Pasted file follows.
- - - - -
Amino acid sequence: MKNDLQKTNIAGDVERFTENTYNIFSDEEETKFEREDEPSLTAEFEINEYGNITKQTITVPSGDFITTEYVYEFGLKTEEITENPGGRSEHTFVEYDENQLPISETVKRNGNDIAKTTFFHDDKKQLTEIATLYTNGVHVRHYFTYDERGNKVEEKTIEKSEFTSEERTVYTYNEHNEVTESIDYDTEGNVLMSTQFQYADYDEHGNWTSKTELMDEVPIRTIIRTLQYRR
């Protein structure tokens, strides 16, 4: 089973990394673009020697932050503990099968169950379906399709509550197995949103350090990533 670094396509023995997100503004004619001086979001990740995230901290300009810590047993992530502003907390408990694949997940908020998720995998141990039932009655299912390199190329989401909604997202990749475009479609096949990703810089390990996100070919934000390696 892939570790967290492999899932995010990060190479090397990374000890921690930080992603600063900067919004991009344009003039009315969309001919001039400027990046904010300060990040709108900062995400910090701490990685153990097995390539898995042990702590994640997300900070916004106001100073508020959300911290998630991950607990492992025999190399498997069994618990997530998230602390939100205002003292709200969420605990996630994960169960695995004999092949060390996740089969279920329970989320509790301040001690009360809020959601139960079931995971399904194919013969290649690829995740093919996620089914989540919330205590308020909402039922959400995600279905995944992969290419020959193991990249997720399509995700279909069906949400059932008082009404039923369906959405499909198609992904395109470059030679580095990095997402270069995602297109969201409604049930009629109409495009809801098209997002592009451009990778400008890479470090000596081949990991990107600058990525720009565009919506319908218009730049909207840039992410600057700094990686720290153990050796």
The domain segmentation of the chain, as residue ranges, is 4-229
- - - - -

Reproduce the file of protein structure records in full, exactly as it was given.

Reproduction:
Amino acid sequence: MKNDLQKTNIAGDVERFTENTYNIFSDEEETKFEREDEPSLTAEFEINEYGNITKQTITVPSGDFITTEYVYEFGLKTEEITENPGGRSEHTFVEYDENQLPISETVKRNGNDIAKTTFFHDDKKQLTEIATLYTNGVHVRHYFTYDERGNKVEEKTIEKSEFTSEERTVYTYNEHNEVTESIDYDTEGNVLMSTQFQYADYDEHGNWTSKTELMDEVPIRTIIRTLQYRR
């Protein structure tokens, strides 16, 4: 089973990394673009020697932050503990099968169950379906399709509550197995949103350090990533 670094396509023995997100503004004619001086979001990740995230901290300009810590047993992530502003907390408990694949997940908020998720995998141990039932009655299912390199190329989401909604997202990749475009479609096949990703810089390990996100070919934000390696 892939570790967290492999899932995010990060190479090397990374000890921690930080992603600063900067919004991009344009003039009315969309001919001039400027990046904010300060990040709108900062995400910090701490990685153990097995390539898995042990702590994640997300900070916004106001100073508020959300911290998630991950607990492992025999190399498997069994618990997530998230602390939100205002003292709200969420605990996630994960169960695995004999092949060390996740089969279920329970989320509790301040001690009360809020959601139960079931995971399904194919013969290649690829995740093919996620089914989540919330205590308020909402039922959400995600279905995944992969290419020959193991990249997720399509995700279909069906949400059932008082009404039923369906959405499909198609992904395109470059030679580095990095997402270069995602297109969201409604049930009629109409495009809801098209997002592009451009990778400008890479470090000596081949990991990107600058990525720009565009919506319908218009730049909207840039992410600057700094990686720290153990050796």
The domain segmentation of the chain, as residue ranges, is 4-229